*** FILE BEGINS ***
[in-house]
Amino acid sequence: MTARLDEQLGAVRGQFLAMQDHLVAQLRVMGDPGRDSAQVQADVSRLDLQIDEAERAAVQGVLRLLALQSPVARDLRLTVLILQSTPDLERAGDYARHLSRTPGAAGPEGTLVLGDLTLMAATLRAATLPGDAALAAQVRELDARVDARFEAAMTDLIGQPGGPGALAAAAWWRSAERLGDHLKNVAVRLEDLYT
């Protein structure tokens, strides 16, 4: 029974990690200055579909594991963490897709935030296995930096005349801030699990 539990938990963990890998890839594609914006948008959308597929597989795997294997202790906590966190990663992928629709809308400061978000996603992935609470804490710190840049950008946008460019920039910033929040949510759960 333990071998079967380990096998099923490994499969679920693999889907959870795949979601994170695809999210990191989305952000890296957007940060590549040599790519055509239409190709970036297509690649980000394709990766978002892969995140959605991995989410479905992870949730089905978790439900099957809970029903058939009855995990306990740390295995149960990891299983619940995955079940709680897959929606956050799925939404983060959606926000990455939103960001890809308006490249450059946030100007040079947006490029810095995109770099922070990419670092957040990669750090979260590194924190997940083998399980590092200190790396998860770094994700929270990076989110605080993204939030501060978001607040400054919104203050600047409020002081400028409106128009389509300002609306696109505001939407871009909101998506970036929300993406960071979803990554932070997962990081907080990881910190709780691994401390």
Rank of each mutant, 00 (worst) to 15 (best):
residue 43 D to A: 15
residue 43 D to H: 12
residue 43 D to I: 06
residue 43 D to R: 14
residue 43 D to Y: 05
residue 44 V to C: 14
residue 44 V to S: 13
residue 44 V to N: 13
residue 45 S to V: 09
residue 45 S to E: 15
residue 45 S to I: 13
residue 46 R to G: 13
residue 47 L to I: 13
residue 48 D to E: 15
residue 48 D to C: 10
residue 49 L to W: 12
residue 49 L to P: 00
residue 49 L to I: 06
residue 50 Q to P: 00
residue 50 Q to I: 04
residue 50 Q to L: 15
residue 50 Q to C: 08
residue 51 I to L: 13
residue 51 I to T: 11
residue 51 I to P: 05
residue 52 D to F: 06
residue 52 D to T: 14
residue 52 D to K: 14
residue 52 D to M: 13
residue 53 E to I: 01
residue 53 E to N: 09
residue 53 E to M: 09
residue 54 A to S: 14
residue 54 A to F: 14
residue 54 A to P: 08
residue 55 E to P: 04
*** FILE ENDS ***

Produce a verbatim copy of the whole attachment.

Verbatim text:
[in-house]
Amino acid sequence: MTARLDEQLGAVRGQFLAMQDHLVAQLRVMGDPGRDSAQVQADVSRLDLQIDEAERAAVQGVLRLLALQSPVARDLRLTVLILQSTPDLERAGDYARHLSRTPGAAGPEGTLVLGDLTLMAATLRAATLPGDAALAAQVRELDARVDARFEAAMTDLIGQPGGPGALAAAAWWRSAERLGDHLKNVAVRLEDLYT
């Protein structure tokens, strides 16, 4: 029974990690200055579909594991963490897709935030296995930096005349801030699990 539990938990963990890998890839594609914006948008959308597929597989795997294997202790906590966190990663992928629709809308400061978000996603992935609470804490710190840049950008946008460019920039910033929040949510759960 333990071998079967380990096998099923490994499969679920693999889907959870795949979601994170695809999210990191989305952000890296957007940060590549040599790519055509239409190709970036297509690649980000394709990766978002892969995140959605991995989410479905992870949730089905978790439900099957809970029903058939009855995990306990740390295995149960990891299983619940995955079940709680897959929606956050799925939404983060959606926000990455939103960001890809308006490249450059946030100007040079947006490029810095995109770099922070990419670092957040990669750090979260590194924190997940083998399980590092200190790396998860770094994700929270990076989110605080993204939030501060978001607040400054919104203050600047409020002081400028409106128009389509300002609306696109505001939407871009909101998506970036929300993406960071979803990554932070997962990081907080990881910190709780691994401390």
Rank of each mutant, 00 (worst) to 15 (best):
residue 43 D to A: 15
residue 43 D to H: 12
residue 43 D to I: 06
residue 43 D to R: 14
residue 43 D to Y: 05
residue 44 V to C: 14
residue 44 V to S: 13
residue 44 V to N: 13
residue 45 S to V: 09
residue 45 S to E: 15
residue 45 S to I: 13
residue 46 R to G: 13
residue 47 L to I: 13
residue 48 D to E: 15
residue 48 D to C: 10
residue 49 L to W: 12
residue 49 L to P: 00
residue 49 L to I: 06
residue 50 Q to P: 00
residue 50 Q to I: 04
residue 50 Q to L: 15
residue 50 Q to C: 08
residue 51 I to L: 13
residue 51 I to T: 11
residue 51 I to P: 05
residue 52 D to F: 06
residue 52 D to T: 14
residue 52 D to K: 14
residue 52 D to M: 13
residue 53 E to I: 01
residue 53 E to N: 09
residue 53 E to M: 09
residue 54 A to S: 14
residue 54 A to F: 14
residue 54 A to P: 08
residue 55 E to P: 04